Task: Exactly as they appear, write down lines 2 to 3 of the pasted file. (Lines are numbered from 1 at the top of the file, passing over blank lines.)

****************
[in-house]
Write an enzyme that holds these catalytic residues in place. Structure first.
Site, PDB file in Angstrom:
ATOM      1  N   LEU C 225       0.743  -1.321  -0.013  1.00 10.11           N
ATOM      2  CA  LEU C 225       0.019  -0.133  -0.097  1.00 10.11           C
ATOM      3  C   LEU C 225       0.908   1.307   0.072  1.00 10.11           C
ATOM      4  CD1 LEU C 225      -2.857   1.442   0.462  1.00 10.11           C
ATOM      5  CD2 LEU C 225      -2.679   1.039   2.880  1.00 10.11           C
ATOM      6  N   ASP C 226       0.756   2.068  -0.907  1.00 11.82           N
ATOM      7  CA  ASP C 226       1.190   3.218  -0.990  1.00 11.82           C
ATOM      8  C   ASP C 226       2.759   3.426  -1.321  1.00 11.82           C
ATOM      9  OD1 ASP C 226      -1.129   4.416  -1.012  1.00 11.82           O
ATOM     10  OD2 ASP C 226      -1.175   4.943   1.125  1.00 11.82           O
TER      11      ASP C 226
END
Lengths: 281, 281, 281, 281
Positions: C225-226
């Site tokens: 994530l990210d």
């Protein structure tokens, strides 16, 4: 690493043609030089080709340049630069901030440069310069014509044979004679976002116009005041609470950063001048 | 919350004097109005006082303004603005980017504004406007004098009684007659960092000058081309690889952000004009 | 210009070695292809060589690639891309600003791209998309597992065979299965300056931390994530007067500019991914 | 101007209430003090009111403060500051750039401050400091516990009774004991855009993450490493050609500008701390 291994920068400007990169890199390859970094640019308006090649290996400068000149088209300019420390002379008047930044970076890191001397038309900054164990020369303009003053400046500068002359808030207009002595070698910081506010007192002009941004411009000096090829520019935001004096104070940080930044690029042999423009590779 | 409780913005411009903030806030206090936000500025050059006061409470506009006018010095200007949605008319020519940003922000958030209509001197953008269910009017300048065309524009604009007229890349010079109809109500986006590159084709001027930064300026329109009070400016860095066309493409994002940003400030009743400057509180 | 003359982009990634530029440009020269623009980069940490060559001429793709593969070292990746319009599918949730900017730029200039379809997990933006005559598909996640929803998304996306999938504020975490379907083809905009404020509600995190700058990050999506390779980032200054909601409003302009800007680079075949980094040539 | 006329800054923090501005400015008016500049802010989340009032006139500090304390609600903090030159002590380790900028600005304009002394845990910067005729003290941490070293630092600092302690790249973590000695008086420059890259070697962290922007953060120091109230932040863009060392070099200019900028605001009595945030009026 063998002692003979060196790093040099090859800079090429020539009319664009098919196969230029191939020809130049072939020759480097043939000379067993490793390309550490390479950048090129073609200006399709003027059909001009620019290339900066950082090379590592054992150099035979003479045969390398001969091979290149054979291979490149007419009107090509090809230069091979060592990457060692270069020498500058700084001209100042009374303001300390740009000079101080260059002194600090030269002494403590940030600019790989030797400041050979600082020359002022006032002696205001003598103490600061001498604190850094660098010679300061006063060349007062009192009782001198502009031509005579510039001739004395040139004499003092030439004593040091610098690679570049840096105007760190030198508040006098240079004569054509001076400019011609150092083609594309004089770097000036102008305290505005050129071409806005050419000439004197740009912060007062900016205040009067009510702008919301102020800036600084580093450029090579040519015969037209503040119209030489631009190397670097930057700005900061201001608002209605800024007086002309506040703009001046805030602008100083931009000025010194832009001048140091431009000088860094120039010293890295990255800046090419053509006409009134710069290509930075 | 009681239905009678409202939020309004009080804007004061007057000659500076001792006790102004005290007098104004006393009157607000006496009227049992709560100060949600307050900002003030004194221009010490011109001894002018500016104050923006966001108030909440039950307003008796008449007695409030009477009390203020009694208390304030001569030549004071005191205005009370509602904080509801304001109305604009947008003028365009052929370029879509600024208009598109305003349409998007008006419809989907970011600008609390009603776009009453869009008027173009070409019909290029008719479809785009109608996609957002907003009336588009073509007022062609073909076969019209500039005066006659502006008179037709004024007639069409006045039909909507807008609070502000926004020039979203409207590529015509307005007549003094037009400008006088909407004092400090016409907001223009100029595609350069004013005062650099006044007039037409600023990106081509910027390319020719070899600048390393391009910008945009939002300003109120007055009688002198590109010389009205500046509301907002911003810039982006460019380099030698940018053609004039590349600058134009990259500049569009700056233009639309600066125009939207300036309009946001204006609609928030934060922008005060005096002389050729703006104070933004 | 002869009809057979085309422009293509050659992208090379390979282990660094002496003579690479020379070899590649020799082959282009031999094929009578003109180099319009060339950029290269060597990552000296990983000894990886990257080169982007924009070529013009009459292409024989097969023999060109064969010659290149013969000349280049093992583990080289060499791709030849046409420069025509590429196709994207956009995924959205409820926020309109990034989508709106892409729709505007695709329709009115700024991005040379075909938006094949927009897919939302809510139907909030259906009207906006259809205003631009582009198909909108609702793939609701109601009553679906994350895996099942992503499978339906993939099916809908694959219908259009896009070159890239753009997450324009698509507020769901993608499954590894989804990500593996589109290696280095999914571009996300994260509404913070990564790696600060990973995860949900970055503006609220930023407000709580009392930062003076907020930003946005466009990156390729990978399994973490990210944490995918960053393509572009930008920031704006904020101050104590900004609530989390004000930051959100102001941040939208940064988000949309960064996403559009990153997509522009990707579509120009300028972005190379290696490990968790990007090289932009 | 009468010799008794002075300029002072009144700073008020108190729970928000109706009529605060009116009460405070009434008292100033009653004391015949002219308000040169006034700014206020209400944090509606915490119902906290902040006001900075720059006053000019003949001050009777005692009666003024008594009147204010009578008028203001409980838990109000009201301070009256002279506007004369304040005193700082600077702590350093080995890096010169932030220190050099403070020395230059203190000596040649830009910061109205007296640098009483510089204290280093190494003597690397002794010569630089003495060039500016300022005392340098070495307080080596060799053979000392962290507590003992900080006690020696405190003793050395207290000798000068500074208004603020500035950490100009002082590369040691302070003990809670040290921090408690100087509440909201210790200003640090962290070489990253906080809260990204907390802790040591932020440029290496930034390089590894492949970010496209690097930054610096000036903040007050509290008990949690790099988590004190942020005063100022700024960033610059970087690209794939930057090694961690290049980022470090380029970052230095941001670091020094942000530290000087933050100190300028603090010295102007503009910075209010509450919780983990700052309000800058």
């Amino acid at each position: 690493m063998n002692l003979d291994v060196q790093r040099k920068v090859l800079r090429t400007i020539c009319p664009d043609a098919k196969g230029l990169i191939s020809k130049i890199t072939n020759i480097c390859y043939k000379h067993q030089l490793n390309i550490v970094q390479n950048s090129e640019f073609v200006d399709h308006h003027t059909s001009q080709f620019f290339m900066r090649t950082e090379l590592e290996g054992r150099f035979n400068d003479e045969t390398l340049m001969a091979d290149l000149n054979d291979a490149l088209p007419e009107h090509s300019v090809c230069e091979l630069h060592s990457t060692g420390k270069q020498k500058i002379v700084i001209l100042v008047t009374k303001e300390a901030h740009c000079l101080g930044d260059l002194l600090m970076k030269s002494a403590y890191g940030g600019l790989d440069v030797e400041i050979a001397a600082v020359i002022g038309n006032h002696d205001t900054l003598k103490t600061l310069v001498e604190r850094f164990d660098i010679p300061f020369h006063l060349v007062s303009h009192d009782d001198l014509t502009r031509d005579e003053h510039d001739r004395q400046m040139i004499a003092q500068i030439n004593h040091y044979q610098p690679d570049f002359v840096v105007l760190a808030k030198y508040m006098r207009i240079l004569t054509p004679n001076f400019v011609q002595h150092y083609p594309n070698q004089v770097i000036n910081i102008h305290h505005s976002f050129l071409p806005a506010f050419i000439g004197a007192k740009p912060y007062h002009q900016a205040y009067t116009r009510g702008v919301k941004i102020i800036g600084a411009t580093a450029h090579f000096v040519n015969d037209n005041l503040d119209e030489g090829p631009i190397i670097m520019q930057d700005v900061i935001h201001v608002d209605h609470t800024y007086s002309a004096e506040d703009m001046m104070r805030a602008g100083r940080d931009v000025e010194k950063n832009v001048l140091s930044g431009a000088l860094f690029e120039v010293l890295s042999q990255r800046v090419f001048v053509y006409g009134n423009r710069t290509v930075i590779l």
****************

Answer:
Write an enzyme that holds these catalytic residues in place. Structure first.
Site, PDB file in Angstrom: